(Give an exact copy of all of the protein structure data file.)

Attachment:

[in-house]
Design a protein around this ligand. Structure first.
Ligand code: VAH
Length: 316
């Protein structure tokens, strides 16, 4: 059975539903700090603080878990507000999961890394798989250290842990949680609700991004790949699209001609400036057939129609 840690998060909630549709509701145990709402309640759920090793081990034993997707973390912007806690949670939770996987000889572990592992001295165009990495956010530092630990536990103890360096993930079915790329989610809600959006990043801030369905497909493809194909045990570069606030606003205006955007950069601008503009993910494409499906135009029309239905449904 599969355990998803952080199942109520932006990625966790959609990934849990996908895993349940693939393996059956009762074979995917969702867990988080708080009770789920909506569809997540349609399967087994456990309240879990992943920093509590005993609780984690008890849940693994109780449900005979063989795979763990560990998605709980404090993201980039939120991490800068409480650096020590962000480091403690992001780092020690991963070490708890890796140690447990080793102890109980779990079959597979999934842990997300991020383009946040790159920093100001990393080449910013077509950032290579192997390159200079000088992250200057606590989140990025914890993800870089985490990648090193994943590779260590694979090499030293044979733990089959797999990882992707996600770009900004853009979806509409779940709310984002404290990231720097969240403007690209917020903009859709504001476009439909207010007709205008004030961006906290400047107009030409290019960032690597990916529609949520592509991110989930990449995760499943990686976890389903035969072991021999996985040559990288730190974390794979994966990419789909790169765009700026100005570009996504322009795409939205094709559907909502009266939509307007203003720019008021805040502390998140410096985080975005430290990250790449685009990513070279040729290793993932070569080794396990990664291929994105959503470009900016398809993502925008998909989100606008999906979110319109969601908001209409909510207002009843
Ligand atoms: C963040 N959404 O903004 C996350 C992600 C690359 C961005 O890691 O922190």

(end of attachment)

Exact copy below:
[in-house]
Design a protein around this ligand. Structure first.
Ligand code: VAH
Length: 316
């Protein structure tokens, strides 16, 4: 059975539903700090603080878990507000999961890394798989250290842990949680609700991004790949699209001609400036057939129609 840690998060909630549709509701145990709402309640759920090793081990034993997707973390912007806690949670939770996987000889572990592992001295165009990495956010530092630990536990103890360096993930079915790329989610809600959006990043801030369905497909493809194909045990570069606030606003205006955007950069601008503009993910494409499906135009029309239905449904 599969355990998803952080199942109520932006990625966790959609990934849990996908895993349940693939393996059956009762074979995917969702867990988080708080009770789920909506569809997540349609399967087994456990309240879990992943920093509590005993609780984690008890849940693994109780449900005979063989795979763990560990998605709980404090993201980039939120991490800068409480650096020590962000480091403690992001780092020690991963070490708890890796140690447990080793102890109980779990079959597979999934842990997300991020383009946040790159920093100001990393080449910013077509950032290579192997390159200079000088992250200057606590989140990025914890993800870089985490990648090193994943590779260590694979090499030293044979733990089959797999990882992707996600770009900004853009979806509409779940709310984002404290990231720097969240403007690209917020903009859709504001476009439909207010007709205008004030961006906290400047107009030409290019960032690597990916529609949520592509991110989930990449995760499943990686976890389903035969072991021999996985040559990288730190974390794979994966990419789909790169765009700026100005570009996504322009795409939205094709559907909502009266939509307007203003720019008021805040502390998140410096985080975005430290990250790449685009990513070279040729290793993932070569080794396990990664291929994105959503470009900016398809993502925008998909989100606008999906979110319109969601908001209409909510207002009843
Ligand atoms: C963040 N959404 O903004 C996350 C992600 C690359 C961005 O890691 O922190």